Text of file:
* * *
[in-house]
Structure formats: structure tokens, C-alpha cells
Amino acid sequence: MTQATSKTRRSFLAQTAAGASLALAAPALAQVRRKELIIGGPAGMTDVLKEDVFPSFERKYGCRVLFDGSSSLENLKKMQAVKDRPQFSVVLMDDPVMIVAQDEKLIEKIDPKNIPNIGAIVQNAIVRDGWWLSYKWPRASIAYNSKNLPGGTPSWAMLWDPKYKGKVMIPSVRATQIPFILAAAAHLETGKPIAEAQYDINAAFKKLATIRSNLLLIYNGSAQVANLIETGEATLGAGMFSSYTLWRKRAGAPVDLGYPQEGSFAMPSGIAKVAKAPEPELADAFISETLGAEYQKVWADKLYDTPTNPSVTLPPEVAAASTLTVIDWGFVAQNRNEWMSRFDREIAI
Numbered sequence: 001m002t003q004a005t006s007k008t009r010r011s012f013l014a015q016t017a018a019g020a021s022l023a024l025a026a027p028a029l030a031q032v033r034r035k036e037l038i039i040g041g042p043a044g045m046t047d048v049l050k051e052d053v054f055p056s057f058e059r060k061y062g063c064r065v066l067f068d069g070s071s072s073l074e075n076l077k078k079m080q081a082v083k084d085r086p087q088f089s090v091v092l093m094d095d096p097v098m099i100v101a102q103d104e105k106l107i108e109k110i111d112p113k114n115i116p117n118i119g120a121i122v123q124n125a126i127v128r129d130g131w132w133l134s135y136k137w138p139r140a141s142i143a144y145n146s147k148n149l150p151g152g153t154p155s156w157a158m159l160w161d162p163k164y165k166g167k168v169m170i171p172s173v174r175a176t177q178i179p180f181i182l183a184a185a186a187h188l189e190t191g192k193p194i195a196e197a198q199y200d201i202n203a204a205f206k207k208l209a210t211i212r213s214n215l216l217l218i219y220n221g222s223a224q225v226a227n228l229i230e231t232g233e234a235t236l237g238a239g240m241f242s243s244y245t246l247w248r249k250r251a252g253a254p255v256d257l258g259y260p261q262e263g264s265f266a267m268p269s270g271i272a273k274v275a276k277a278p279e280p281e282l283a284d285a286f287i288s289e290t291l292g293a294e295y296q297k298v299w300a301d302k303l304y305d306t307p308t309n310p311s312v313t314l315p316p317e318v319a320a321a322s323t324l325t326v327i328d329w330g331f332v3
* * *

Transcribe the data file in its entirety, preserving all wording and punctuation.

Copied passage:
[in-house]
Structure formats: structure tokens, C-alpha cells
Amino acid sequence: MTQATSKTRRSFLAQTAAGASLALAAPALAQVRRKELIIGGPAGMTDVLKEDVFPSFERKYGCRVLFDGSSSLENLKKMQAVKDRPQFSVVLMDDPVMIVAQDEKLIEKIDPKNIPNIGAIVQNAIVRDGWWLSYKWPRASIAYNSKNLPGGTPSWAMLWDPKYKGKVMIPSVRATQIPFILAAAAHLETGKPIAEAQYDINAAFKKLATIRSNLLLIYNGSAQVANLIETGEATLGAGMFSSYTLWRKRAGAPVDLGYPQEGSFAMPSGIAKVAKAPEPELADAFISETLGAEYQKVWADKLYDTPTNPSVTLPPEVAAASTLTVIDWGFVAQNRNEWMSRFDREIAI
Numbered sequence: 001m002t003q004a005t006s007k008t009r010r011s012f013l014a015q016t017a018a019g020a021s022l023a024l025a026a027p028a029l030a031q032v033r034r035k036e037l038i039i040g041g042p043a044g045m046t047d048v049l050k051e052d053v054f055p056s057f058e059r060k061y062g063c064r065v066l067f068d069g070s071s072s073l074e075n076l077k078k079m080q081a082v083k084d085r086p087q088f089s090v091v092l093m094d095d096p097v098m099i100v101a102q103d104e105k106l107i108e109k110i111d112p113k114n115i116p117n118i119g120a121i122v123q124n125a126i127v128r129d130g131w132w133l134s135y136k137w138p139r140a141s142i143a144y145n146s147k148n149l150p151g152g153t154p155s156w157a158m159l160w161d162p163k164y165k166g167k168v169m170i171p172s173v174r175a176t177q178i179p180f181i182l183a184a185a186a187h188l189e190t191g192k193p194i195a196e197a198q199y200d201i202n203a204a205f206k207k208l209a210t211i212r213s214n215l216l217l218i219y220n221g222s223a224q225v226a227n228l229i230e231t232g233e234a235t236l237g238a239g240m241f242s243s244y245t246l247w248r249k250r251a252g253a254p255v256d257l258g259y260p261q262e263g264s265f266a267m268p269s270g271i272a273k274v275a276k277a278p279e280p281e282l283a284d285a286f287i288s289e290t291l292g293a294e295y296q297k298v299w300a301d302k303l304y305d306t307p308t309n310p311s312v313t314l315p316p317e318v319a320a321a322s323t324l325t326v327i328d329w330g331f332v3